“All I could think was, stop the bleeding!”

Injured boy with young man attempting to stop the bleeding.

Imagine you are the young man in the image above. Can you stop the bleeding and save that boy?

I have known these statistics for a while. And I knew that if I were the person kneeling by the boy in the image, I would not be ready to save him.

So last week, Joe and I signed up for a Stop the Bleed training put on by our local fire and police departments as part of the CERT program.

What I remembered from “tourniquet training” in the old days.

If you’re over 70, you may recall how early first aid classes dealt with severe bleeding. (My older brothers were both Eagle Scouts, so I got the training when they did, sometime in the 50s.) That training was simple. First, try to stop the bleeding by pressing down hard on the wound with a towel. If that didn’t work, tie your belt or even a bandana around the bleeding limb, above the wound, and twist it tight.

Really, that is pretty much all I remember about using a tourniquet. But it came with a vague warning about “not leaving the tourniquet on for too long.”

Concerns about leaving a tourniquet on “for too long” were legitimate, of course. We all understood that limbs denied blood could ultimately be lost. And in those days, when response times for medical help were probably in hours, not the minutes we expect today, this warning was enough to turn us off to this first aid option.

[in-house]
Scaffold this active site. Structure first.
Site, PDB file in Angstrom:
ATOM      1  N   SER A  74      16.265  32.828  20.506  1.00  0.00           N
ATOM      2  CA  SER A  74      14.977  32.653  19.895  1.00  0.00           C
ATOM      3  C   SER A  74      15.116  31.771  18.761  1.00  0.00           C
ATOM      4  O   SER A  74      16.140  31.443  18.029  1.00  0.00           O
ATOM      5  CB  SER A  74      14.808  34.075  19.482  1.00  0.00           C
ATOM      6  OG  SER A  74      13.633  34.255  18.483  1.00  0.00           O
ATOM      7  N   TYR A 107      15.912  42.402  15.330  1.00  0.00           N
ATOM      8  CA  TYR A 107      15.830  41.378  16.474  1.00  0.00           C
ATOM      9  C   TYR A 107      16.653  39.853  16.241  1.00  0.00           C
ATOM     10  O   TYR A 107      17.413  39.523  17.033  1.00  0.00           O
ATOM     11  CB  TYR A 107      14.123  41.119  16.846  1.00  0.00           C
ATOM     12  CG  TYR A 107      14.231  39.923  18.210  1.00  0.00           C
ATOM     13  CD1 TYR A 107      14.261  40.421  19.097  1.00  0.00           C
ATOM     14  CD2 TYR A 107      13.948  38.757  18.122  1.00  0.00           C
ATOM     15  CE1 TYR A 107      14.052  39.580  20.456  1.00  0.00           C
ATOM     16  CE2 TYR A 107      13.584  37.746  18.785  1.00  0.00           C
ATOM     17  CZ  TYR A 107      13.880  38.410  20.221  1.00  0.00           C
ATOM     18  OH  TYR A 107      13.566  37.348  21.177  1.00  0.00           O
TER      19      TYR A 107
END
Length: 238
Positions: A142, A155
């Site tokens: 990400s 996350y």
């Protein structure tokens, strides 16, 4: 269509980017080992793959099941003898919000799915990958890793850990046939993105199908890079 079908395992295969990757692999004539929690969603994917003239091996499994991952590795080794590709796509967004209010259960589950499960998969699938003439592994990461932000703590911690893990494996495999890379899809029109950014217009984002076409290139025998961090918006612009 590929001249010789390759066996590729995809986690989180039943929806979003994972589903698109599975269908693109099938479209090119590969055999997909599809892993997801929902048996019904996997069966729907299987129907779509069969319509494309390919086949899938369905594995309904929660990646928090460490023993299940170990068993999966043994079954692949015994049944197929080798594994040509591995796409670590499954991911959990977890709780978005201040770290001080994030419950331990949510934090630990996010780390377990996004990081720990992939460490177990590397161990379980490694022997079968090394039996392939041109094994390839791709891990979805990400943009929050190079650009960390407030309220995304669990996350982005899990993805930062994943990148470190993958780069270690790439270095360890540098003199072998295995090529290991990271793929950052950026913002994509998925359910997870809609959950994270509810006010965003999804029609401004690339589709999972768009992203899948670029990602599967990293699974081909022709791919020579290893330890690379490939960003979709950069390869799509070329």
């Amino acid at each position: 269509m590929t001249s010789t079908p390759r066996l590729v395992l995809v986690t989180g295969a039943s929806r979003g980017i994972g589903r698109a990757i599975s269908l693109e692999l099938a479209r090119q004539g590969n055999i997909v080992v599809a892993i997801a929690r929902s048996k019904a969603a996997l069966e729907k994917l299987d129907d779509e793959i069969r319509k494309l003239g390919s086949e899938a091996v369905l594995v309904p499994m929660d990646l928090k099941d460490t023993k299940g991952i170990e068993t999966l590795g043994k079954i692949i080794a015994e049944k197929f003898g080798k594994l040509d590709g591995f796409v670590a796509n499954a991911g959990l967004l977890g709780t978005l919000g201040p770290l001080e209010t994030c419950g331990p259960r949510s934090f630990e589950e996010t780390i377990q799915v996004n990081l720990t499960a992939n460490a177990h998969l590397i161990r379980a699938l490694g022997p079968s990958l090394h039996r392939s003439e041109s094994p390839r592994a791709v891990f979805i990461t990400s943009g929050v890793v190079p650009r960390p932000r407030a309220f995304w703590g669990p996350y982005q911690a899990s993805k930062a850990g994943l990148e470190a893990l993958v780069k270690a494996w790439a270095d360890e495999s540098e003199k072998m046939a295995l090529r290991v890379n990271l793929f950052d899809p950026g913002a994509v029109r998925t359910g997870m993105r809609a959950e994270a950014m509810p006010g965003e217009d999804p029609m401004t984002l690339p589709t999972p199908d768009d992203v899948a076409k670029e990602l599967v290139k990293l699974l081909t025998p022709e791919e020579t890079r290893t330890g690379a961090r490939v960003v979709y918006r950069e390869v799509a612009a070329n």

Today we have new data, new tourniquets, and new training.

It was the military experience – and data capture – in the wars in Iraq and Afghanistan that re-established the value of the tourniquet as a life-saver in situations of severe trauma. Today, not only do all soldiers carry tourniquets – and know how to use them – but so do police officers and other emergency responders. (I checked with my local traffic officer, and sure enough, he had one on his belt!) And in 2015, ordinary citizens were invited to participate through the Stop the Bleed program.

Step One – Analyze the situation.

  • As noted, in a bleeding emergency, time is of the essence. You, as bystander, are going to be there before First Responders arrive. YOU ARE the first responder in this emergency!
  • Before you do anything else, check that you are safe and that nothing else is threatening you or others.
  • Faced with a wound that is seriously bleeding – pumping out, pooling on the ground — Call 911 or tell someone else to do it.

Step Two — Decide how to stop the bleeding.

Consider these three actions designed to squeeze the artery that’s emptying the blood out your victim’s body. All three of these take PRESSURE!

  • Apply direct pressure on the wound using your hand/s. You can use a big bandage, a shirt, whatever. PRESS HARD on the wound and don’t quit. Tell the victim it will hurt, because it will.
  • If the wound is a deep cut or deep hole, a surface bandage or pressure won’t work. PACK THE WOUND with gauze, a towel, a t-shirt, whatever . . . until the wound is fully and tightly packed and has stopped bleeding. Again, this will hurt the victim – it’s the cost of staying alive!